‘We’re Stewards of the Old Architecture of Georgetown’


Centuries before the name Marie Kondo sparked joy (and fear), people lived with very little stuff. Closets weren’t a commodity, and hardly any time was spent in the bathroom and kitchen—organizing, socializing, or otherwise.

Now, architect Ankie Barnes’ job is to gently drag Georgetown’s historic residences into the modern age.

‘There’s a fine balance between preserving the scale of Georgetown and what’s best about it, and respecting the history, while adapting the houses again and again for use in modern life. It keeps us happily employed and gives the buildings a new lease on life. We’re stewards of the old architecture of Georgetown.’

Ankie became said steward in 1983, two years after escaping an apartheid future in his native South Africa. He was a qualified architect back home, but knew he’d struggle to find a job in the U.S. without an American degree, and decided to earn a Master’s in New England.

‘After graduation, I came to DC strategically. I found New England extremely cold, and there wasn’t much serious practice of architecture south of DC. Now there’s much more in Atlanta and Miami, but they really were not at the same level 35 years ago. DC was warmer, and more international—where my then-stronger accent wouldn’t stick out as much.’

Ankie worked for a Georgetown firm for seven years, where he met his business partner. Together, they broke out on their own in 1989 and founded Barnes Vanze Architects. Since then, the firm has moved four times—all within a three-block Georgetown radius.

‘The scale of the architectural fabric in Georgetown completely suits what we do. Clients are always struck by it and are better sponges of architectural discussion when they come to Georgetown. They park on the street, they walk between the buildings, they go past a coffee shop, see the canal and the river, and the scale of the old buildings. The history is evident. Those are all good components of architectural discussions, no matter where we work.’

With more than 1,500 projects completed since the firm’s inception, Ankie says the key is listening to the client, and building a great version of what they want—not what he thinks is great. Ankie begins by involving every member of the household and identifying their individual strengths of expression—whether verbally, or three-dimensionally.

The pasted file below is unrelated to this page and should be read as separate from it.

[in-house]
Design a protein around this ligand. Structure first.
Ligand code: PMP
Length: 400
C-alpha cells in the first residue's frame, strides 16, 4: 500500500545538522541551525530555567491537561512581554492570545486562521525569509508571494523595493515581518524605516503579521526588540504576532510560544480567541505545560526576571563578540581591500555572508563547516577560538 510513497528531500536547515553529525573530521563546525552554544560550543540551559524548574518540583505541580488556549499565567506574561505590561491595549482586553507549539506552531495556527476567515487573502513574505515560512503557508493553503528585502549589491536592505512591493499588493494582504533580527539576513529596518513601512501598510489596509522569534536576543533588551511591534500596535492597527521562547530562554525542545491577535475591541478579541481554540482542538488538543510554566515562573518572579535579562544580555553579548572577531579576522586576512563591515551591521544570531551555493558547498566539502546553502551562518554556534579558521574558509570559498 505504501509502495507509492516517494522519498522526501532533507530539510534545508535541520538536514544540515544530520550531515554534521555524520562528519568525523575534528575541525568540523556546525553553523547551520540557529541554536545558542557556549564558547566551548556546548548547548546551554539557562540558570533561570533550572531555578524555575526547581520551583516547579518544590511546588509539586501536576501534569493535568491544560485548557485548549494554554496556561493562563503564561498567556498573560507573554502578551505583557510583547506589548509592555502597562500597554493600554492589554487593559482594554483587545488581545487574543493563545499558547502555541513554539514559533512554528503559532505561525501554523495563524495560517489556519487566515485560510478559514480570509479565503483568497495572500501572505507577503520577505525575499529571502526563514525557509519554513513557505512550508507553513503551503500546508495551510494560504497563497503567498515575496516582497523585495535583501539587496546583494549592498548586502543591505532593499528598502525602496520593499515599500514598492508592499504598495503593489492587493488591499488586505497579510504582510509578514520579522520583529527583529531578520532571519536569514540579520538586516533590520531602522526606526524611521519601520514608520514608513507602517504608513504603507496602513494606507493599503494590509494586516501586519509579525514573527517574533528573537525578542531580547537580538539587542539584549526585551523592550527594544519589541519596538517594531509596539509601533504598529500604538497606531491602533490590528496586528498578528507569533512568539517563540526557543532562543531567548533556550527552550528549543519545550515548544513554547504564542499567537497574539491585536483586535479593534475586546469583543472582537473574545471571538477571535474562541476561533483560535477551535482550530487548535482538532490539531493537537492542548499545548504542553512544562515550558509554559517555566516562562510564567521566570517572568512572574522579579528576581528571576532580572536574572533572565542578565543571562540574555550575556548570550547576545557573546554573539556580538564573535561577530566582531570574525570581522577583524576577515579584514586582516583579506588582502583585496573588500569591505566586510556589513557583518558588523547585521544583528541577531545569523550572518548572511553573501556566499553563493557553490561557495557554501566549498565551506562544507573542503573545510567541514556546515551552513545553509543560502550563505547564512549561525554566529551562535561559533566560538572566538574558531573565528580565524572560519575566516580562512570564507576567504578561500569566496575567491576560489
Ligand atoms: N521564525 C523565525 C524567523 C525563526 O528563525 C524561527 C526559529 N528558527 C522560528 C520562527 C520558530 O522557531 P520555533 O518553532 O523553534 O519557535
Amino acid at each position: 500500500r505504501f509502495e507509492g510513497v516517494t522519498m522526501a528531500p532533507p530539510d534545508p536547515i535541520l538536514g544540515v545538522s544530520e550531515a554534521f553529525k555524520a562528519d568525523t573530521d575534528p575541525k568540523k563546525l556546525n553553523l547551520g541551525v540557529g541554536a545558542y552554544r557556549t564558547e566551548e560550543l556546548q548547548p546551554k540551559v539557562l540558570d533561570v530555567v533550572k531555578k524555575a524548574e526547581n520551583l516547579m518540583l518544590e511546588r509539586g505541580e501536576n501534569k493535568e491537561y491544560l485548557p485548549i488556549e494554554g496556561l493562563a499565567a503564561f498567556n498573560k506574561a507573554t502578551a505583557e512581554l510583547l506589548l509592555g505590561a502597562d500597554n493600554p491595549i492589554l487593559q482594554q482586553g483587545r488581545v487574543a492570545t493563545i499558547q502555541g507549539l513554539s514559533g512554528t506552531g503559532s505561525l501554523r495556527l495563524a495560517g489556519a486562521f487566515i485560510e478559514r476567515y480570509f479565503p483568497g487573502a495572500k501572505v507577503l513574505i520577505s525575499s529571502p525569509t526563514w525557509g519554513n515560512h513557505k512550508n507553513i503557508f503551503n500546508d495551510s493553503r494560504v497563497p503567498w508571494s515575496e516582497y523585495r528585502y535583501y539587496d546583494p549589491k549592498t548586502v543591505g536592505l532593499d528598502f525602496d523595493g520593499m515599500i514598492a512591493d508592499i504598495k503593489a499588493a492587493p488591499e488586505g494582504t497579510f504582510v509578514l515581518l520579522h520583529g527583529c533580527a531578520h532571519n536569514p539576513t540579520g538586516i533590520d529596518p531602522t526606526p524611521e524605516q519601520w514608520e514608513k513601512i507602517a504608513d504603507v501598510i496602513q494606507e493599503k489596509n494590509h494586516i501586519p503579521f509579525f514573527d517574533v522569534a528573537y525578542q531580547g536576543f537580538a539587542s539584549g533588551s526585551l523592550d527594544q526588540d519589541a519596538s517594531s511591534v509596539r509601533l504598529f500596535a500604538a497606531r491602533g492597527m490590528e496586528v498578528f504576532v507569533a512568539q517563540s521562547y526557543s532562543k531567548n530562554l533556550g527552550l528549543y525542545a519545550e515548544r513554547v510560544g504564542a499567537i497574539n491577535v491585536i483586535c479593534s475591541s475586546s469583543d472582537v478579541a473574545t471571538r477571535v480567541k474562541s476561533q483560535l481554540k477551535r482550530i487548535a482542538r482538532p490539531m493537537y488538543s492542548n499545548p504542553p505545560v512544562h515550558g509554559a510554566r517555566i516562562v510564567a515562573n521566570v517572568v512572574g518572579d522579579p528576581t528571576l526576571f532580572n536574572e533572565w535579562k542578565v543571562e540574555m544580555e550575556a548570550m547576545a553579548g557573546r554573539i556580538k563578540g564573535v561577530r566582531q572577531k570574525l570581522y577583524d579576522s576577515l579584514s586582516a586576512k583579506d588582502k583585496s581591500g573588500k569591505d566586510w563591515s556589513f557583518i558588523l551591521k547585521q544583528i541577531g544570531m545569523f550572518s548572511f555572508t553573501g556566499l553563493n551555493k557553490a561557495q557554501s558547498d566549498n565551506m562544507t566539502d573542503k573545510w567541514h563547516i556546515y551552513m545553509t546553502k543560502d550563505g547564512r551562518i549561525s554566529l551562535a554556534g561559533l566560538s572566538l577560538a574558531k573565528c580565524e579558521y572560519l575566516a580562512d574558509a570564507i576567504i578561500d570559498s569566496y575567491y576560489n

‘We ask them to write a short essay describing a day in their life in their favorite house. They each do it, and it makes people sit back and think about what they really want individually. Clients reveal things they didn’t know they wanted.’

From there, clients select five to 30 images that capture the things they really like. Ankie mines those images for the visual clues needed to find ‘a touchstone sensibility or two’ to guide many of the aesthetic choices.

‘We’re always trying to make a new home for a family. If they’re happy at home, it’s good for the marriage, it’s good for the kids, it’s good for everybody. It’s very gratifying.’

Ankie’s favorite projects don’t necessarily equate to size or prominence, but rather the interest and passion of the client. One of his most memorable was an arts studio for a retired lawyer in his sixties who always dreamed of being a painter.

‘We built him a teeny studio that was a few hundred square feet in his suburban garden, and it was one of the greatest pleasures for me because it spoke to something that had been in his soul for 40 years, and he finally came to me and was so excited. He was very talented and we all got energized by the mission of the project.’

But architecture has always energized Ankie. By 14, he knew it was the path that best captured the intersection of art and science, as well as his interest in the environment. He took basic courses in everything from construction to woodworking, served as a draftsman for an architect—‘the lowest of the low apprentice’—and worked every vacation.

Like most architects of his time, Ankie was trained largely as a modern architect. Since his practice has matured, he says he’s become more respectful of the importance of a classical education.

‘Architecture isn’t a place for trends. It’s a place for ideas with lasting value. It’s a built art for 50, 60, 200 years. The best modern buildings have many underlying characteristics that they share with the classic. Things that everyone finds useful and beautiful. They can’t be too specifically built to one purpose, but rather flexible enough to work for the next generation.’

In other words, Georgetown. Ankie says the scale of M St and Wisconsin Avenue is world-class—a spectacular design that’s stood the test of over two centuries.

‘It’s some of the best in the whole nation because there’s a wonderful mix of residential scale buildings with apartments and rooming houses above them, and first floors designed for commercial. To this day, there’s something about the energy of the street and the casual interaction with others that is a really good example of a fairly dense urban fabric that’s very successful.’

Ankie’s firm has worked closely with many neighborhood businesses, renovating shop fronts and making them ‘their own best self,’ while still adhering to historic preservation guidelines. A Georgetown resident himself, Ankie feels lucky to have stumbled into a profession that not only suits him, but is reflected in every aspect of his life.

A profession that sparks joy.